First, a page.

Insert jokes about rim jobs, forcing it to fit, and tight black rubber here. I’m changing the ancient tires on my 1970s Columbia Roadster in this post.
Bicycles for a lot of us were a stepping stone into the world of machine repair. Before you had a car, if you weren’t lucky enough to have a moped or go-kart, your bike was your initiation into the world mechanized transport. I still love working on bikes, and it’s a welcome change of pace from working on heavier, dirtier, machines. In this post I get rid of the dried out original tires on this 1970s bicycle equivalent of a Datsun B210. This post is intended for those who have never changed tube tires, have always had a bad time of it, or are just incredibly bored right now.
If you’re lucky or really strong you can just grab onto the old tire and tear that sucker off after letting the air out. Hint: push the wheel into the ground with one hand then pull the tire up and off of the rim with the other. If this doesn’t work you need to use a tire lever. Tire levers are God’s great gift to man. If man is ever working on somthing that has tires that need to come off or go on. Tire levers are cheap. And tire levers work infinitely better than a flat head screw driver. Don’t skimp on the tire levers. Get some.
Here are the new tires and tubes. Not pictured: new rim tape. Imagine my surprise when I peeled the old tire off in the previous photo and saw there was no rim tape - apparently never was, the people in Westfield, MA just sent the bike out of the factory, devoid of rim tape on one wheel, because why not? It was the 70s, that’s just how things were done back then.
Next up is putting the tube into the tire. This is easier if you inflate the tube slightly so it holds its shape and stays in the tire.
Getting the old tires off was easy enough, but getting them on required using a tire lever.
Put the tire and tube on the bottom of the rim so that the valve stem fits through the valve stem hole. Push the wheel and tire down and usually you can pop one of the tire beads over the rim by hand, and will only need the tire lever to pop the remaining bead onto the rim. The lever has a hooked end which hooks onto the lip of the rim, and pushes the tire over it as you pull the lever around the rim. Just be careful to not pinch the inner tube during the process. You may have to push the tube in bit by bit as you lever the tire on a section at a time.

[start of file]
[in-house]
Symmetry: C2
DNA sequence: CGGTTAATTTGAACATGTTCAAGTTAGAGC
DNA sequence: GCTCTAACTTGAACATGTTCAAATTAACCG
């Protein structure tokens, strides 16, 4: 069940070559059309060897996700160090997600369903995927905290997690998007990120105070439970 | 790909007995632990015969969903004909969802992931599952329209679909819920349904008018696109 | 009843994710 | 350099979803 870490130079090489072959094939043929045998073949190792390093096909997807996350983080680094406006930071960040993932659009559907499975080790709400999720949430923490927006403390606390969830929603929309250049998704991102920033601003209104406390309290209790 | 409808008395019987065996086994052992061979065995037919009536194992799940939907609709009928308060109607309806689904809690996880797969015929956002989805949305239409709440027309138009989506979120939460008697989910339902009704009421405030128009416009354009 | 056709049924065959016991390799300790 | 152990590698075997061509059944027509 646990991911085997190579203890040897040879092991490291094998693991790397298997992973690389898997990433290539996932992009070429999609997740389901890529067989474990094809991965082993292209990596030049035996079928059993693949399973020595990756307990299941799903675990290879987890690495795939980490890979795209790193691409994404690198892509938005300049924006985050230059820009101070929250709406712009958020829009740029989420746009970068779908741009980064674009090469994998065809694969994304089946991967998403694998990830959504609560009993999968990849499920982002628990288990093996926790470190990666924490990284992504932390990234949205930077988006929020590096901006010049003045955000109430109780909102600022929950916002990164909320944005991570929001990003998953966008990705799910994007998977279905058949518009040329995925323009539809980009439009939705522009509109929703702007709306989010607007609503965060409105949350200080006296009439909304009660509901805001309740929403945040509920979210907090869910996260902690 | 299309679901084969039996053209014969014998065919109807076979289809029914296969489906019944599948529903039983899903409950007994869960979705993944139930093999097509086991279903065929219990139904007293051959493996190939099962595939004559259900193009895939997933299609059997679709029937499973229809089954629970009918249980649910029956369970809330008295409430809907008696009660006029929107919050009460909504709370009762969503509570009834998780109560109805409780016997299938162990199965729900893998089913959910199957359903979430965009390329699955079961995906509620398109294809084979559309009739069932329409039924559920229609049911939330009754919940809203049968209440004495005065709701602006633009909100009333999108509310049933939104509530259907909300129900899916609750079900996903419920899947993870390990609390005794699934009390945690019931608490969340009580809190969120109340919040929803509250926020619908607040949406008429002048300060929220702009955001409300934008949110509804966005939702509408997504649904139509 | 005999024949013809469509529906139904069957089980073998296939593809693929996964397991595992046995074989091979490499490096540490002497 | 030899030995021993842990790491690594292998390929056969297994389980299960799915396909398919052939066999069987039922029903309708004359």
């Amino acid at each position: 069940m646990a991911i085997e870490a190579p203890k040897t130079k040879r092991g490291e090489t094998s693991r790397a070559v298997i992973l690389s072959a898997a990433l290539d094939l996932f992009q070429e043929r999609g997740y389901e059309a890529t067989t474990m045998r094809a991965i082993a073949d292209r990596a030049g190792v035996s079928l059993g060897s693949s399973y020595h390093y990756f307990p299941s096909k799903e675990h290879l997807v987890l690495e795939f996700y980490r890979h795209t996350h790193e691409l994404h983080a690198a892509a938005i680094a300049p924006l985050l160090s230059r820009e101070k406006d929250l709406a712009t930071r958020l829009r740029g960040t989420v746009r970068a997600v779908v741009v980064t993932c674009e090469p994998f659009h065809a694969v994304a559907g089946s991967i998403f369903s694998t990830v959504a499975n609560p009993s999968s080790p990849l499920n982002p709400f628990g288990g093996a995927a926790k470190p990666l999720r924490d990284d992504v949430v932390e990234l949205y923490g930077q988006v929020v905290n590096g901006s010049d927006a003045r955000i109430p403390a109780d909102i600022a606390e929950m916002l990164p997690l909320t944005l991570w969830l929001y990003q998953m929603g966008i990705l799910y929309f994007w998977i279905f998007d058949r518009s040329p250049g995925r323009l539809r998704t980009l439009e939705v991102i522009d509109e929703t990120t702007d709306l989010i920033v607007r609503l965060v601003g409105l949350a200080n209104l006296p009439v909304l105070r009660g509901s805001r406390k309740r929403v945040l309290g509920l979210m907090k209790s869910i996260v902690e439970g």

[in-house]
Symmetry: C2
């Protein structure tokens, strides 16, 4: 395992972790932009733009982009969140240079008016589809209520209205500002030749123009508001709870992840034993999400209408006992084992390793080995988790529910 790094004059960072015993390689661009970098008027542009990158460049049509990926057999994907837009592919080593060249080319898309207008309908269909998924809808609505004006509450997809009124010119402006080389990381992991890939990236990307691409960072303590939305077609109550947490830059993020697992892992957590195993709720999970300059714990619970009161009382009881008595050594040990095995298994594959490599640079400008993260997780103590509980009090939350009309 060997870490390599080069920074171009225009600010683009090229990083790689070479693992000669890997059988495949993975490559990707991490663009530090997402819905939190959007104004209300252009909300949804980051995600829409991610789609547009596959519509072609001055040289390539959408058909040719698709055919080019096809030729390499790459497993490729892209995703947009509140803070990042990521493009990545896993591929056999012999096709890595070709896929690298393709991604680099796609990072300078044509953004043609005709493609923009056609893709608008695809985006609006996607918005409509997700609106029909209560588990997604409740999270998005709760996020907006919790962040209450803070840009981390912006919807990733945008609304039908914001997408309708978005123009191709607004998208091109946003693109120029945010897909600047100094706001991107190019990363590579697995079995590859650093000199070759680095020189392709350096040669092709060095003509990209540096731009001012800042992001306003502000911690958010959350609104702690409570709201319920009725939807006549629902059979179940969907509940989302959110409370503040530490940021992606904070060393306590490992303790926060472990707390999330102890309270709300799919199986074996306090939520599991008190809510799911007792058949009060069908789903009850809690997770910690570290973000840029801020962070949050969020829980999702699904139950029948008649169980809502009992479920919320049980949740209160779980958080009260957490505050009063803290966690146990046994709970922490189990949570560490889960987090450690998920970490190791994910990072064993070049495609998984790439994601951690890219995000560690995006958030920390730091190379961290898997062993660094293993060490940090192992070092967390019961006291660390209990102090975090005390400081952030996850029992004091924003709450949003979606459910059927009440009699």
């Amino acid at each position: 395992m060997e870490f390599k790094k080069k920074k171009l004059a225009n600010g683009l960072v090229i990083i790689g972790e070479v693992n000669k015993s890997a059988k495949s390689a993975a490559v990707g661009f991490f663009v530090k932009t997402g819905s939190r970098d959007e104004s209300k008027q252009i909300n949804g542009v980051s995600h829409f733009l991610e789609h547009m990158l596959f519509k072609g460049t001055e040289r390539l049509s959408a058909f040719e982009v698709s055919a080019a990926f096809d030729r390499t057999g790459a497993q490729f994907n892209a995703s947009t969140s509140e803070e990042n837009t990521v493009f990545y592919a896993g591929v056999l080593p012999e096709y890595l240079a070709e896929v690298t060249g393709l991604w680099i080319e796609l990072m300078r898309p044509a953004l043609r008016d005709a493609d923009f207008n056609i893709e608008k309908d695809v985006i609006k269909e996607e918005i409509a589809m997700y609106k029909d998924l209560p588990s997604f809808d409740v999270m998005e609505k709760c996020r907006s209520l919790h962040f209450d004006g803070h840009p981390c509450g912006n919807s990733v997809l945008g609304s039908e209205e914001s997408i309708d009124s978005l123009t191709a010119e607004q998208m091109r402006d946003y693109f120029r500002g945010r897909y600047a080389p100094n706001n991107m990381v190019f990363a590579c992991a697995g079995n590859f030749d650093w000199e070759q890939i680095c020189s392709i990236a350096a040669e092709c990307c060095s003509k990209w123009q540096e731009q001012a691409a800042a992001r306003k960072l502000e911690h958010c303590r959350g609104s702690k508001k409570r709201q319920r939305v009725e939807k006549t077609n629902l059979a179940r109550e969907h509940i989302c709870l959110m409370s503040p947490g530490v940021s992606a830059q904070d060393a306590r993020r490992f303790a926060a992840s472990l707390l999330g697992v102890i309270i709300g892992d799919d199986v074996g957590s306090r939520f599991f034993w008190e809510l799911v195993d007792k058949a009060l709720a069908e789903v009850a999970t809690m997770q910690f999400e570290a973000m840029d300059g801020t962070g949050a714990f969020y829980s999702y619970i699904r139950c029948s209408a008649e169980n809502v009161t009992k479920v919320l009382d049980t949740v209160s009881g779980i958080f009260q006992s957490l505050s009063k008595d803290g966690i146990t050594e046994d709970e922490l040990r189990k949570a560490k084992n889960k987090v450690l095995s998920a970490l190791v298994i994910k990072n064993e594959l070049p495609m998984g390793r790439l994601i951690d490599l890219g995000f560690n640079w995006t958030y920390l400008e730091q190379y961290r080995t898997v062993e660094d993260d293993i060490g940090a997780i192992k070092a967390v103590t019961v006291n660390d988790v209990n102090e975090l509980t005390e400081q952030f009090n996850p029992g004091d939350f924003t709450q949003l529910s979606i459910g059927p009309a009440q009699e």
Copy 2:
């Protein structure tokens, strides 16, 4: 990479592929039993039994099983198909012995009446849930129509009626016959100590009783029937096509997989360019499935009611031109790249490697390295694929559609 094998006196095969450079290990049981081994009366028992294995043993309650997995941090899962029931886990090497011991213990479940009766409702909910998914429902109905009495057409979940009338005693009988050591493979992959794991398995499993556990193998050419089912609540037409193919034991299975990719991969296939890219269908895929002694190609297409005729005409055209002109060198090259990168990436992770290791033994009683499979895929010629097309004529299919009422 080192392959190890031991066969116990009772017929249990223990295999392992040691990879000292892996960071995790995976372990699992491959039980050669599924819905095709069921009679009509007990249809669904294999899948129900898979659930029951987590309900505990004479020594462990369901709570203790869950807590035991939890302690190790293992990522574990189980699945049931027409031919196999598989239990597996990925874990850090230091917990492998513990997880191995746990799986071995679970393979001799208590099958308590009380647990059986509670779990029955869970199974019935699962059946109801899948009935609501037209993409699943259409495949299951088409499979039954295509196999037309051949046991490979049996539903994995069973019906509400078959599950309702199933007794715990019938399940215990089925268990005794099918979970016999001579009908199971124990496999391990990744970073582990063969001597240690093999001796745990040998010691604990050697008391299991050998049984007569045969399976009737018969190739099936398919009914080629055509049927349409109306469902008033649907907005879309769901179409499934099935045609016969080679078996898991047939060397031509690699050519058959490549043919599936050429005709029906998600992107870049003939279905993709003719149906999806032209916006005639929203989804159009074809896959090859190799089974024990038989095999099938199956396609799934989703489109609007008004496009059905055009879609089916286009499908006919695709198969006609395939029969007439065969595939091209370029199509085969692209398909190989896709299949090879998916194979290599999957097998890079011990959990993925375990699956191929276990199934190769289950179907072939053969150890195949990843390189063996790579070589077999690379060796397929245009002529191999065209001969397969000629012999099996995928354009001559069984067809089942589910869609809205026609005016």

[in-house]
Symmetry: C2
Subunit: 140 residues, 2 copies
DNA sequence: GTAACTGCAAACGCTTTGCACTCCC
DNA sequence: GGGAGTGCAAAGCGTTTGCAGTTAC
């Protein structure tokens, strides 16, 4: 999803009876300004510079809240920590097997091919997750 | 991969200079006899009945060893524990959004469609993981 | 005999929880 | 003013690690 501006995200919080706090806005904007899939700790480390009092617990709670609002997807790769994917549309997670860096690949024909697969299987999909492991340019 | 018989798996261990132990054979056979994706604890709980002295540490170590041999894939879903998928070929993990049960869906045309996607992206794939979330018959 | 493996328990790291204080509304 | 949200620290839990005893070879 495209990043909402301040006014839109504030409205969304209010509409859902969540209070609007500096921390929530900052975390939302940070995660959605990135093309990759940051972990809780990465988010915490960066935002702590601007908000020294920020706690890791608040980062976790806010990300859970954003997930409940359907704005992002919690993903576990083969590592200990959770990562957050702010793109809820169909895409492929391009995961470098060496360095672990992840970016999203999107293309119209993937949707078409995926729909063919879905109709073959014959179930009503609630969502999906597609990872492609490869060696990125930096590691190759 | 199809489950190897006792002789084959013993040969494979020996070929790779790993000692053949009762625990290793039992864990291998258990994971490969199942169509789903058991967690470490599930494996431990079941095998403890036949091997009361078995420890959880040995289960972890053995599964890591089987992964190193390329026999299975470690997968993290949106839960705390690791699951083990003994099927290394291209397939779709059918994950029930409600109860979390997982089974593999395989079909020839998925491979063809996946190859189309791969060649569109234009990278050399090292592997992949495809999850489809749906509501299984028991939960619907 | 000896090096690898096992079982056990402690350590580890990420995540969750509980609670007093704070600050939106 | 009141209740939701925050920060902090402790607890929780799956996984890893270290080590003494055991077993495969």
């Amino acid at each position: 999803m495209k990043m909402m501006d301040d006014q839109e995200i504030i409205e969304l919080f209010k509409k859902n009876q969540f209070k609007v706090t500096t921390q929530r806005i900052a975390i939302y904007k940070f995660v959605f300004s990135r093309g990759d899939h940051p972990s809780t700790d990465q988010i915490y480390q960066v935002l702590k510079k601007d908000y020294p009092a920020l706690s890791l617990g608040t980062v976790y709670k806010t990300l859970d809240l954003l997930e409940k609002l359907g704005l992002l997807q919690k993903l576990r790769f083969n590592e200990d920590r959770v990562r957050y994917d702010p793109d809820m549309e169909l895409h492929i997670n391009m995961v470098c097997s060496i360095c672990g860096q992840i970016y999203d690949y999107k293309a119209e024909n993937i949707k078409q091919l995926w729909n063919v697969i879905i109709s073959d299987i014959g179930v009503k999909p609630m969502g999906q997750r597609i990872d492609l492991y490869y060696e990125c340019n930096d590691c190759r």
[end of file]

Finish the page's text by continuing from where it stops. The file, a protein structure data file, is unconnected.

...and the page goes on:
Et voila! new tire and tube on the rim. Now back to that other rim that was missing the rim tape...
The one rim which had rim tape on it, had tape which was marked for a different size wheel than this bike has. My guess is the factory ran out of the right size tape that day, and you know, whatever, maybe try this size tape - or maybe don’t tape it at all, you know, whatever, ‘cause this is a factory in the 1970s. I got some fancy cotton tape from the bike shop. There are two holes in the end of the tape for either presta or shrader type valve stems. Just line up the tape hole with the identical size rim hole and wrap it all the way around.
Once that was taken care of, putting the tire on this rim was the same business as the one above. Pretty simple stuff if you have the right tool.
And all back together and ready for a ride.
Columbia as I mentioned in my post about the tandem bike, was America’s oldest bicycle company, founded in 1877. Their Westfield, MA factory produced bicycles for over 90 years before production ended in the 1990s. The factory was torn down in 2008. Columbia bikes also have automobile relatives in the Pope-Hartford and Pope-Toldeo automobiles. As well the company produced mopeds for a few decades - I used to own one of these which inexplicably had a water-jacketed cylinder but no radiator or piping of any sort, and a belt CVT transmission. Unfortunately like a lot of U.S. manufacturing they ran into problems staying competitive in the 1990s. The factory was literally Victorian era, and bicycles were built almost entirely by hand using decades old tools and production techniques. Happily (?) the company still exists today as a manufacturer of office furniture.